Despite accusations, Rick Warren has consistently said he doesn't embrace "Chrislam," or the blending of the Bible and Koran in holy teachings.
Now, two fellow pastors are also coming to his defense.
Televangelist Jack Van Impe, who recently left Trinity Broadcasting Network as a result of his accusations aimed at Warren and Robert Schuller, has suggested that Warren embraces Chrislam.
But pastors Geoff Surratt and Brandon Cox say that's just not true.
Cox said he wanted to come to Warren's defense for a while, but was trying to avoid bringing unwanted attention to the issue.
"When I saw Rick issue a tweet about it I felt the liberty to go ahead and address it publicly," Cox told The Christian Post. "It's as if both of us had that feeling of having had enough and wanting to stick up for a friend."
Cox currently manages Warren's global network of pastors in an online community.
Surratt, who came to Warren's Saddleback Church about six months ago, shared a lengthy comment Warren posted online saying the Chrislam rumors were "100% false."
"If the guy who started this libelous myth, or anyone else who passed it on, had obeyed our Lord's command (Matt. 18:18-20) to come directly to me, and then asked what I actually believed - they would have been embarrassed to learn that I believe the exact opposite," Warren wrote.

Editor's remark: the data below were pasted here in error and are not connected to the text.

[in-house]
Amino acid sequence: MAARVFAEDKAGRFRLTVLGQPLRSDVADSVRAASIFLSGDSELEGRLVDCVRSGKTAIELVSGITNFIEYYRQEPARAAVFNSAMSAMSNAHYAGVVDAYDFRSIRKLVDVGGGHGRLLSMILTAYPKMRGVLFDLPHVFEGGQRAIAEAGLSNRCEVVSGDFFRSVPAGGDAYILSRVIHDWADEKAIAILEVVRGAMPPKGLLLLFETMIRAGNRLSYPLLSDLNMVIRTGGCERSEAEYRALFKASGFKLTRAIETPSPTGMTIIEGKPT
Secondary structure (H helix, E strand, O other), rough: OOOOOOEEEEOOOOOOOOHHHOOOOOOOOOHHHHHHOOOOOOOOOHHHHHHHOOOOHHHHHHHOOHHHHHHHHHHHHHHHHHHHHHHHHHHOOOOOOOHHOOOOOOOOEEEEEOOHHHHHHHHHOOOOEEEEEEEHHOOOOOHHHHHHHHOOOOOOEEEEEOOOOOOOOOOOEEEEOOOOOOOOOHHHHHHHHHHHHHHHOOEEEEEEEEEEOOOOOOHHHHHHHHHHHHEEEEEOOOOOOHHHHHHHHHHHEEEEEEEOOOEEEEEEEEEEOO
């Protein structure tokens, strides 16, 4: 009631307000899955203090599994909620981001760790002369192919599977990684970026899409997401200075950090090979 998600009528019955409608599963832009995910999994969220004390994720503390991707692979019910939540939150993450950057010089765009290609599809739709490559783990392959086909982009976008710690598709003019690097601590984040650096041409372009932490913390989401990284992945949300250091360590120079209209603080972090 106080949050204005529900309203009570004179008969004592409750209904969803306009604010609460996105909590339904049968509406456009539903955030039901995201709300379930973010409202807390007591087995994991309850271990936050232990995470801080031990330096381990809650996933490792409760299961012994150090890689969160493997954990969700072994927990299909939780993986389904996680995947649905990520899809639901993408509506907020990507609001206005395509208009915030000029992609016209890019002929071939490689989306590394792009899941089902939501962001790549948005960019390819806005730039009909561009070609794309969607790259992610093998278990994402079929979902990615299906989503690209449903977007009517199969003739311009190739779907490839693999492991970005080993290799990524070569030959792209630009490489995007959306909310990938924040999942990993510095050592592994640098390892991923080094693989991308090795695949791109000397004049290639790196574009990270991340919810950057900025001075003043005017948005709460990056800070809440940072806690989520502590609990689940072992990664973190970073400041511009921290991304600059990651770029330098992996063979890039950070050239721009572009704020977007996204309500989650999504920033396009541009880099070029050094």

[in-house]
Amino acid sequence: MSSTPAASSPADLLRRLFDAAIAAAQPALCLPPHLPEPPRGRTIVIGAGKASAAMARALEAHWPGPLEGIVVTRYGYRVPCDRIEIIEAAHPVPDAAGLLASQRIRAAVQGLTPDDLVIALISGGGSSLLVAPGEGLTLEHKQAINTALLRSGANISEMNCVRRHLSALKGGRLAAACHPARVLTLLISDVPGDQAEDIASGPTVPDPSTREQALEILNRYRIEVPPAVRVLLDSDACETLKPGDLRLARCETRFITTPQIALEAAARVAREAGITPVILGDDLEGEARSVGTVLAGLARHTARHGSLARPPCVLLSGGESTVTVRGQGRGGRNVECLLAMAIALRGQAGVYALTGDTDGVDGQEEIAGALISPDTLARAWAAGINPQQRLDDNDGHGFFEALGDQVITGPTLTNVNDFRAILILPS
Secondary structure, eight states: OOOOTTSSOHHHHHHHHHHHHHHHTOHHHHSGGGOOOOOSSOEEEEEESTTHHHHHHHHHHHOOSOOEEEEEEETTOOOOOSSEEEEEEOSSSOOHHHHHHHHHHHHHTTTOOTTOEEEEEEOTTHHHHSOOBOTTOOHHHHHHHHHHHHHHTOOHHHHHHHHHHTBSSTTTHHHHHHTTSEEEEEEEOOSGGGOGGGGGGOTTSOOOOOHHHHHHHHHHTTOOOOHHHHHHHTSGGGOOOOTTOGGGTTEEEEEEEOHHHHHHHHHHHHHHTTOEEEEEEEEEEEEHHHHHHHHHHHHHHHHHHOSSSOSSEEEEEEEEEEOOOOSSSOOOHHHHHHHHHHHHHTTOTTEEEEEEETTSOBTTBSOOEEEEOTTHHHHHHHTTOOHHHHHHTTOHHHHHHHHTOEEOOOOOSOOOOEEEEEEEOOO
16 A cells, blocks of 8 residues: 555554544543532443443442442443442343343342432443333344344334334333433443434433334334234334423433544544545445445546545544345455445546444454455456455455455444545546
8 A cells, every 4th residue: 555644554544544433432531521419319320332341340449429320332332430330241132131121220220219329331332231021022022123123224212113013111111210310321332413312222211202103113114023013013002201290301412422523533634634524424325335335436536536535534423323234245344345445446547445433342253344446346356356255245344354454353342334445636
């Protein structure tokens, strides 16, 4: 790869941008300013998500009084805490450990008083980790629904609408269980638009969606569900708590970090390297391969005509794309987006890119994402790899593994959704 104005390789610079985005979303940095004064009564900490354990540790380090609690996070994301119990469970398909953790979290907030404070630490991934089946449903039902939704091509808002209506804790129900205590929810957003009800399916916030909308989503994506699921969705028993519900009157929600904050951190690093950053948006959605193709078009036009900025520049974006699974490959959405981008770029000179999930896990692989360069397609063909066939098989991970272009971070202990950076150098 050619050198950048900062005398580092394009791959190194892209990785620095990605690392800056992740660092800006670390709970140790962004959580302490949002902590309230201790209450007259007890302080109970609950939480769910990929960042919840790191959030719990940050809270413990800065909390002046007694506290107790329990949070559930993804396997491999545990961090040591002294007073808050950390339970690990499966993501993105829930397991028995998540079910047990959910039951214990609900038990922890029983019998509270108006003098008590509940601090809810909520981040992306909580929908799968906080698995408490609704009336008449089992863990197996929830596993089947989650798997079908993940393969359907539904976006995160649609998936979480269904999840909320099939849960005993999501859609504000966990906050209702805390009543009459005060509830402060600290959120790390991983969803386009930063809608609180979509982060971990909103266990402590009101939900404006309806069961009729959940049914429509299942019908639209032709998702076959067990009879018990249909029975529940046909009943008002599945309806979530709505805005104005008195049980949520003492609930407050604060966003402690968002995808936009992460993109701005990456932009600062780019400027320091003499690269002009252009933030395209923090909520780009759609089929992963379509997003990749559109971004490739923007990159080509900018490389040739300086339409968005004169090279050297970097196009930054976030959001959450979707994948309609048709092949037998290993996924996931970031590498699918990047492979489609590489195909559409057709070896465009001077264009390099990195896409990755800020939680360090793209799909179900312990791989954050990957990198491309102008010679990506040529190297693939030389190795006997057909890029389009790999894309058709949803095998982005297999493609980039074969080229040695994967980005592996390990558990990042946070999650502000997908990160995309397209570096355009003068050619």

"Let me be very clear. Pastor Rick Warren does not believe in, promote or validate Chrislam on any level," Surratt added.
"I have worked for Pastor Rick for the past 6 months, I have met with him on multiple occasions, I listen to him preach every weekend, I have read every book he has written, I have followed his ministry closely for almost 20 years," he said.
The Chrislam accusations were fanned after Warren said at a national Islamic conference that Muslims and Christians must work together to promote peace and freedom, and ward off stereotypes.
"Make no mistake, Rick Warren loves Muslims deeply," Cox said. "If you don't, you have a problem with Jesus who loves Muslims even more than Rick does."